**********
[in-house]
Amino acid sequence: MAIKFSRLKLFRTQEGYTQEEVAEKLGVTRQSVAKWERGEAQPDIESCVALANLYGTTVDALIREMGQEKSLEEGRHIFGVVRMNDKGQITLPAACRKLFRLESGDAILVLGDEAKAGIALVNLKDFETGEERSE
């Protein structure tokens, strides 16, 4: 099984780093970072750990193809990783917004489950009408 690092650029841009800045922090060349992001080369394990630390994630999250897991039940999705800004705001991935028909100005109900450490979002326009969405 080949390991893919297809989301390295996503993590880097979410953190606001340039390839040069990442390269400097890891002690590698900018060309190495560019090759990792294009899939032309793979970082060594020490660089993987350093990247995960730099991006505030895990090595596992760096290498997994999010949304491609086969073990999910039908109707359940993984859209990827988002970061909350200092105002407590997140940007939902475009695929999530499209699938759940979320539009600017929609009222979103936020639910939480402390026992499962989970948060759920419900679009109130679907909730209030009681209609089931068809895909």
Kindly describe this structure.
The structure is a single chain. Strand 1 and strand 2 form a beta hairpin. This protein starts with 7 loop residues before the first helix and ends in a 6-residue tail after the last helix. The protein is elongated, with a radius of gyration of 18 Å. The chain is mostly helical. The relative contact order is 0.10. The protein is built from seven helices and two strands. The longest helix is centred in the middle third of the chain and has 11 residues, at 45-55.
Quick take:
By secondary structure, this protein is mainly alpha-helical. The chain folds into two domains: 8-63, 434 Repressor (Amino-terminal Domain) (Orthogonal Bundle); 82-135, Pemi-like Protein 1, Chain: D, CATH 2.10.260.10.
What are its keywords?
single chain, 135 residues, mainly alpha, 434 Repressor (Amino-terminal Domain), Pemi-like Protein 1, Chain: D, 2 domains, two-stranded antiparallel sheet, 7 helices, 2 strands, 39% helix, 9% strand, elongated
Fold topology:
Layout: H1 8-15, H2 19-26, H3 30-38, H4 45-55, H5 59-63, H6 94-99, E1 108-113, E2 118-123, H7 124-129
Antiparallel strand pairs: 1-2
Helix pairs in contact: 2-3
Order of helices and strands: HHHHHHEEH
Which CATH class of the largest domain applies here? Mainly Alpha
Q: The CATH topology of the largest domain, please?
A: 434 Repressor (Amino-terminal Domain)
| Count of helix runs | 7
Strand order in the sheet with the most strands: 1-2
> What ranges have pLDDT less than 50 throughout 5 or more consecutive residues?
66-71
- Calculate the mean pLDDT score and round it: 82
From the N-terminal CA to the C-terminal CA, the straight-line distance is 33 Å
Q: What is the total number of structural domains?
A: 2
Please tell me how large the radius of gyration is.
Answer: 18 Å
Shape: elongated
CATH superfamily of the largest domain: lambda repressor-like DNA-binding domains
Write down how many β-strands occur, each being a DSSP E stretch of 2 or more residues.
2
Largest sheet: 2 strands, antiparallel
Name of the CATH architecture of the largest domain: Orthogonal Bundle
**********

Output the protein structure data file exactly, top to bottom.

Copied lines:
[in-house]
Amino acid sequence: MAIKFSRLKLFRTQEGYTQEEVAEKLGVTRQSVAKWERGEAQPDIESCVALANLYGTTVDALIREMGQEKSLEEGRHIFGVVRMNDKGQITLPAACRKLFRLESGDAILVLGDEAKAGIALVNLKDFETGEERSE
């Protein structure tokens, strides 16, 4: 099984780093970072750990193809990783917004489950009408 690092650029841009800045922090060349992001080369394990630390994630999250897991039940999705800004705001991935028909100005109900450490979002326009969405 080949390991893919297809989301390295996503993590880097979410953190606001340039390839040069990442390269400097890891002690590698900018060309190495560019090759990792294009899939032309793979970082060594020490660089993987350093990247995960730099991006505030895990090595596992760096290498997994999010949304491609086969073990999910039908109707359940993984859209990827988002970061909350200092105002407590997140940007939902475009695929999530499209699938759940979320539009600017929609009222979103936020639910939480402390026992499962989970948060759920419900679009109130679907909730209030009681209609089931068809895909």
Kindly describe this structure.
The structure is a single chain. Strand 1 and strand 2 form a beta hairpin. This protein starts with 7 loop residues before the first helix and ends in a 6-residue tail after the last helix. The protein is elongated, with a radius of gyration of 18 Å. The chain is mostly helical. The relative contact order is 0.10. The protein is built from seven helices and two strands. The longest helix is centred in the middle third of the chain and has 11 residues, at 45-55.
Quick take:
By secondary structure, this protein is mainly alpha-helical. The chain folds into two domains: 8-63, 434 Repressor (Amino-terminal Domain) (Orthogonal Bundle); 82-135, Pemi-like Protein 1, Chain: D, CATH 2.10.260.10.
What are its keywords?
single chain, 135 residues, mainly alpha, 434 Repressor (Amino-terminal Domain), Pemi-like Protein 1, Chain: D, 2 domains, two-stranded antiparallel sheet, 7 helices, 2 strands, 39% helix, 9% strand, elongated
Fold topology:
Layout: H1 8-15, H2 19-26, H3 30-38, H4 45-55, H5 59-63, H6 94-99, E1 108-113, E2 118-123, H7 124-129
Antiparallel strand pairs: 1-2
Helix pairs in contact: 2-3
Order of helices and strands: HHHHHHEEH
Which CATH class of the largest domain applies here? Mainly Alpha
Q: The CATH topology of the largest domain, please?
A: 434 Repressor (Amino-terminal Domain)
| Count of helix runs | 7
Strand order in the sheet with the most strands: 1-2
> What ranges have pLDDT less than 50 throughout 5 or more consecutive residues?
66-71
- Calculate the mean pLDDT score and round it: 82
From the N-terminal CA to the C-terminal CA, the straight-line distance is 33 Å
Q: What is the total number of structural domains?
A: 2
Please tell me how large the radius of gyration is.
Answer: 18 Å
Shape: elongated
CATH superfamily of the largest domain: lambda repressor-like DNA-binding domains
Write down how many β-strands occur, each being a DSSP E stretch of 2 or more residues.
2
Largest sheet: 2 strands, antiparallel
Name of the CATH architecture of the largest domain: Orthogonal Bundle